I could not concentrate on this assignment mainly because of my 8 year old daughter being injured at the PE class recently. Her face under her eyes was cut and ended up 11 stiches being operated at the ER which suggested us that we should consider aesthetic operation after one year to reduce the visibility of the scar.
The responsible PE teacher accused me to ‘have nerves to write rude messages’ after I question the safety measures taken in the class. The vice Principal of Graham and Parks school said that ‘That is just an accident. No one is responsible. There are children breaking their legs and arms every year at schools’. Yes, indeed.
“In 2009, an estimated 2.6 million children aged 0–19 years were treated in U.S. EDs for sports- and recreation-related injuries” as “unintentional injury”. According to National Electronic Injury Surveillance System (NEISS), only in 2012 (there are no figures later than that) total 573 children are injured at PE classes at schools in the US, according to the simple data search I made. Well, in 2014, one of the victims was my child.
Sorry for this highly personal and not developed assignment. This was a limited attempt to make a connection between data and human dimension.
For the Data Journalism assignment, I put my search for Luckiest Town in Massachusetts on hold and trained my sights on a more interesting story:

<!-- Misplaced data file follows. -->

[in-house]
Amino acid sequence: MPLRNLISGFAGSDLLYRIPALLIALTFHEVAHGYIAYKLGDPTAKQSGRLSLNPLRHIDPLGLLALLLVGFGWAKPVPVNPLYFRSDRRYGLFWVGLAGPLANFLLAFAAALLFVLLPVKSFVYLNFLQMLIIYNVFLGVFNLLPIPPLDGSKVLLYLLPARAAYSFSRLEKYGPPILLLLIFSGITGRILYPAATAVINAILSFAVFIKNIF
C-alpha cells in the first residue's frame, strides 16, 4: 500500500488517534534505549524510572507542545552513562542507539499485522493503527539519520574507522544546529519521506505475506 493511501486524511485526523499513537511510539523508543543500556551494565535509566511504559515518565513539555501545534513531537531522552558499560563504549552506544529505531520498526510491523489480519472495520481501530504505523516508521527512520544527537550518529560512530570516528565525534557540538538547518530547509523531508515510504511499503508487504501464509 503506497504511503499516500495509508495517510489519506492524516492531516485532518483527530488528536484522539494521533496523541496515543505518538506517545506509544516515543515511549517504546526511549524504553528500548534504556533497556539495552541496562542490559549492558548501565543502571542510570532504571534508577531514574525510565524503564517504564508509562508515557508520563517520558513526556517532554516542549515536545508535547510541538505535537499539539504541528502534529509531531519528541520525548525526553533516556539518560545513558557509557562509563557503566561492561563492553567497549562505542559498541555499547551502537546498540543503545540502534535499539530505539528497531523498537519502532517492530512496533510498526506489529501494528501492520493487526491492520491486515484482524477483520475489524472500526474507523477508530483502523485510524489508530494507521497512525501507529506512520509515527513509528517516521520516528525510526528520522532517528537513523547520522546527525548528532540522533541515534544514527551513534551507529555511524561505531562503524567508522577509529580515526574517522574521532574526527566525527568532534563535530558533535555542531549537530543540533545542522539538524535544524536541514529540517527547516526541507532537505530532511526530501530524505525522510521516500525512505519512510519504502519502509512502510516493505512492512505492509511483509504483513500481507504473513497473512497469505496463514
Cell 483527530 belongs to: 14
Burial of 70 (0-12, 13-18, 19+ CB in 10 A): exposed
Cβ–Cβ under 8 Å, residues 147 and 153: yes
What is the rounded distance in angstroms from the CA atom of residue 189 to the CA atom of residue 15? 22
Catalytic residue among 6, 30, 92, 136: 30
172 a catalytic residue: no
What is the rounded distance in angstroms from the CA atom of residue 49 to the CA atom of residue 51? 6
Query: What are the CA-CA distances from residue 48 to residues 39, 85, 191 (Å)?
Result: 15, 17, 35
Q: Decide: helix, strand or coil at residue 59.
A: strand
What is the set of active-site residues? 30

For weeks, the only Trayvon Martin coverage I saw was on Twitter, where every progressive I knew had shared a link to the Change.org petition. Eventually, I saw more media attention around the story. This led me to form a hypothesis that people talking about the story online, and specifically, linking to the Change.org petition, kept the story alive long enough for the national media to pick up on it.
I looked into all of the data I could find, including some provided by Change.org, and found out that my hypothesis was incorrect. But the story of how Trayvon Martin became national news, weeks after his death, is still a revealing portrait of our media.
So I didn’t do a cool data project, but wanted to see what everyone thought about this one:
It was from last year. How strong is the data and the graph?
The 1318 transnational corporations that form the core of the economy. Superconnected companies are red, very connected companies are yellow. The size of the dot represents revenue (Image: PLoS One)